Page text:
Women of Scotland by Helen Susan Swift is my most recent read. Who wouldn’t want to know more about the historical importance of women? I bought it expecting a polished piece and I was disappointed, in places. Mainly because it wasn’t proofread. Up to the point where it became a readability issue. I think the context with a little polishing would have been easier to read. Mostly due to the typos. For instance, full stops were missed off sentences, weird paragraph spacing confused me as a reader, and misspelt words gave me a little chuckle.
Consequentally, it felt, sadly, too much like work to me. As I spend my days spotting mistakes I expected this historical book to have been checked over by a copyeditor. I wanted to relax and be informed. Instead, I spent the entire time cringing at typos and formatting issues. Checking Goodreads revealed mixed reviews from people having trouble with the writing style and some phrases that imitated the Scottish accent.
Writing is uneven making it hard to get through in spots. Definitely worth a read and gives a good overall description of the tenacity of Scottish women! (Lynn)
An Italian review stated:-
What a pity, what a wasted opportunity. I was expecting a book that talked about great Scottish women in an organic way, with geographical and historical contextualizations, to make everything accessible even to those who are not Scottish. Instead, I found in my hands a very long list of women who, in terms of weddings, places and deeds, were liquidated in a few lines, leaving my ignorance on the subject perfectly intact. (K115987)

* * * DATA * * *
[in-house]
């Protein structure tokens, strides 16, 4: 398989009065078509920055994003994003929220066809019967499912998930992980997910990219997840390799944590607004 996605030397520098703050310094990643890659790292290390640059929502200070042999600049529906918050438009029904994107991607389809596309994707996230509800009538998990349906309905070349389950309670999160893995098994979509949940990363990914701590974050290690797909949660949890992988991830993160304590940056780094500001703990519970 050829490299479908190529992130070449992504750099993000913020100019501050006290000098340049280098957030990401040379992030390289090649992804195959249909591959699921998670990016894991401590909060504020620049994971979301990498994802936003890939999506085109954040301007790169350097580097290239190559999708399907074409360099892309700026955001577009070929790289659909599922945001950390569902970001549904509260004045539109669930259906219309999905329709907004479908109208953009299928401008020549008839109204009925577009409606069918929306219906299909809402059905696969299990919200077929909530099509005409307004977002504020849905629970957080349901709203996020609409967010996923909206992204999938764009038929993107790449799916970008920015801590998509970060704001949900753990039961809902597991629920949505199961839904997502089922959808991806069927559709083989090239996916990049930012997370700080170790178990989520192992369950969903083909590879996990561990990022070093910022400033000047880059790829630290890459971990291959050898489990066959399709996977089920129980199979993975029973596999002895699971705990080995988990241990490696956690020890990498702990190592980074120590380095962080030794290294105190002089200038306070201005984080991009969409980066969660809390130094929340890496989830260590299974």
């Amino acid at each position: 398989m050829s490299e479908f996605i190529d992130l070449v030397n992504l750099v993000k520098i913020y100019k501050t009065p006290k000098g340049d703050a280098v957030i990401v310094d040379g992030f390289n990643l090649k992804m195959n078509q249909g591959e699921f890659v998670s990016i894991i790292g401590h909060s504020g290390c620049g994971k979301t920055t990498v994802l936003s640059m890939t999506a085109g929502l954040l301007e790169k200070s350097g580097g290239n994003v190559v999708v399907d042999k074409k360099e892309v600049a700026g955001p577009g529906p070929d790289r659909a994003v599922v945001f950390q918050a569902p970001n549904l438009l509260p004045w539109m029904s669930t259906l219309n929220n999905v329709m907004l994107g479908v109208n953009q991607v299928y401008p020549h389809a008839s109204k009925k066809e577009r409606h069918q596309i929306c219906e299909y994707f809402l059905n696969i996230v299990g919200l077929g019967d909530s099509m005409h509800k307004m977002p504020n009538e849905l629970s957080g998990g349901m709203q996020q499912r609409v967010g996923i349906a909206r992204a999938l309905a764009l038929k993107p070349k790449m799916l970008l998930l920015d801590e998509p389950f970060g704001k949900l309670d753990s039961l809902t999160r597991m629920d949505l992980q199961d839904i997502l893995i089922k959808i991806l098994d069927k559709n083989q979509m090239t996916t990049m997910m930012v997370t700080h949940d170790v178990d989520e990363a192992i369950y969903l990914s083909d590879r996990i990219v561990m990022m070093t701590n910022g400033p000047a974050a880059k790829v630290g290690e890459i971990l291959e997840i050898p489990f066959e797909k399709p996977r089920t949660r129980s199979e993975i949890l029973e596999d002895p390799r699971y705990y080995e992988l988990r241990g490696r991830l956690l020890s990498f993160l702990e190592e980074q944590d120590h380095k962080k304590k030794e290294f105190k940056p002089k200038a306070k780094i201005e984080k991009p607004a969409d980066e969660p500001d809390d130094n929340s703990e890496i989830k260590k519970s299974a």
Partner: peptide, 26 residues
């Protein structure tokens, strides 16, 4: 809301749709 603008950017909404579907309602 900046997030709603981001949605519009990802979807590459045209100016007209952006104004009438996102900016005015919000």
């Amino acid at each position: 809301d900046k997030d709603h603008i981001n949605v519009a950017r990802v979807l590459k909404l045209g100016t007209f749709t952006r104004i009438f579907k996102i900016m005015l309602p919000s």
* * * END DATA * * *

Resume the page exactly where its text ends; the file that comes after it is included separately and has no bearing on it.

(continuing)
For example, I too, despite living in Scotland, was dissapointed by the lack of a map. Of course there is also some great content in there that readers will enjoy. I loved the references to the tenacity of Scottish women, although the phrasing of it was repetitive.
Is it worth reading? Yes, it definitely is if you are interested in Scottish history.
Also, for those who write non-fiction, it’s always worth running your writing through beta-readers if you can’t afford a proofreader. Something I am doing currently, impatiently waiting for their feedback for my latest book A Friendship of Thistles while working on The Fisherwives of Auchmithie for which I have been conducting my own historical research.
Some writing tips
History is not an easy subject to portray. Here are some quick structural tips for history writers:
- Are your facts correct?
- Is it readable for a general audience in terms of phrasing, pacing, and geographical or other historical knowledge?
- Before starting, consider the narrative arc and how to structure the chapters for the reader to follow you through logically.
- Are the chapters well balanced, of a similiar length?
- Have you hired a proofreader? 😉
Author of A Friendship of Thistles (on Amazon). Emma when not writing can be found walking in the woods, gardening, or hiding at storytelling festivals.